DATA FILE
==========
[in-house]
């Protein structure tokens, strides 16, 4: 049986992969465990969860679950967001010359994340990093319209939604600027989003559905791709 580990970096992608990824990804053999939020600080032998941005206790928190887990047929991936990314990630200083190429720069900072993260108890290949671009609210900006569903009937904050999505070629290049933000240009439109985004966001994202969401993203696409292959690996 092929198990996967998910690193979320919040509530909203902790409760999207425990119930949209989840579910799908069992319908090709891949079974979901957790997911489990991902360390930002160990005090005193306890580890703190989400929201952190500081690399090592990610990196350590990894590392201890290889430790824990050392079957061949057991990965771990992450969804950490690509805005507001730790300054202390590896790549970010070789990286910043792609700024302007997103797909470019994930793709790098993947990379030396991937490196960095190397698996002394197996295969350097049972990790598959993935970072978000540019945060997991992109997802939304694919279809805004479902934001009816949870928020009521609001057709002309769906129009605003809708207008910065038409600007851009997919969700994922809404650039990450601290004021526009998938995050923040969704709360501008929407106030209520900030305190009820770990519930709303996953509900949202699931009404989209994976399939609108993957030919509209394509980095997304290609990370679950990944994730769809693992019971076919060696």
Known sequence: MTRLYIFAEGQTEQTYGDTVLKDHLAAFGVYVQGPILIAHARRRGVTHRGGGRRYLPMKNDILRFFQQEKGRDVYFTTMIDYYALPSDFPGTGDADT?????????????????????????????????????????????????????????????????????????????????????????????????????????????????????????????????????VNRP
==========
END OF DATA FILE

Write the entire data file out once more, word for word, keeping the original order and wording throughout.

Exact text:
[in-house]
């Protein structure tokens, strides 16, 4: 049986992969465990969860679950967001010359994340990093319209939604600027989003559905791709 580990970096992608990824990804053999939020600080032998941005206790928190887990047929991936990314990630200083190429720069900072993260108890290949671009609210900006569903009937904050999505070629290049933000240009439109985004966001994202969401993203696409292959690996 092929198990996967998910690193979320919040509530909203902790409760999207425990119930949209989840579910799908069992319908090709891949079974979901957790997911489990991902360390930002160990005090005193306890580890703190989400929201952190500081690399090592990610990196350590990894590392201890290889430790824990050392079957061949057991990965771990992450969804950490690509805005507001730790300054202390590896790549970010070789990286910043792609700024302007997103797909470019994930793709790098993947990379030396991937490196960095190397698996002394197996295969350097049972990790598959993935970072978000540019945060997991992109997802939304694919279809805004479902934001009816949870928020009521609001057709002309769906129009605003809708207008910065038409600007851009997919969700994922809404650039990450601290004021526009998938995050923040969704709360501008929407106030209520900030305190009820770990519930709303996953509900949202699931009404989209994976399939609108993957030919509209394509980095997304290609990370679950990944994730769809693992019971076919060696």
Known sequence: MTRLYIFAEGQTEQTYGDTVLKDHLAAFGVYVQGPILIAHARRRGVTHRGGGRRYLPMKNDILRFFQQEKGRDVYFTTMIDYYALPSDFPGTGDADT?????????????????????????????????????????????????????????????????????????????????????????????????????????????????????????????????????VNRP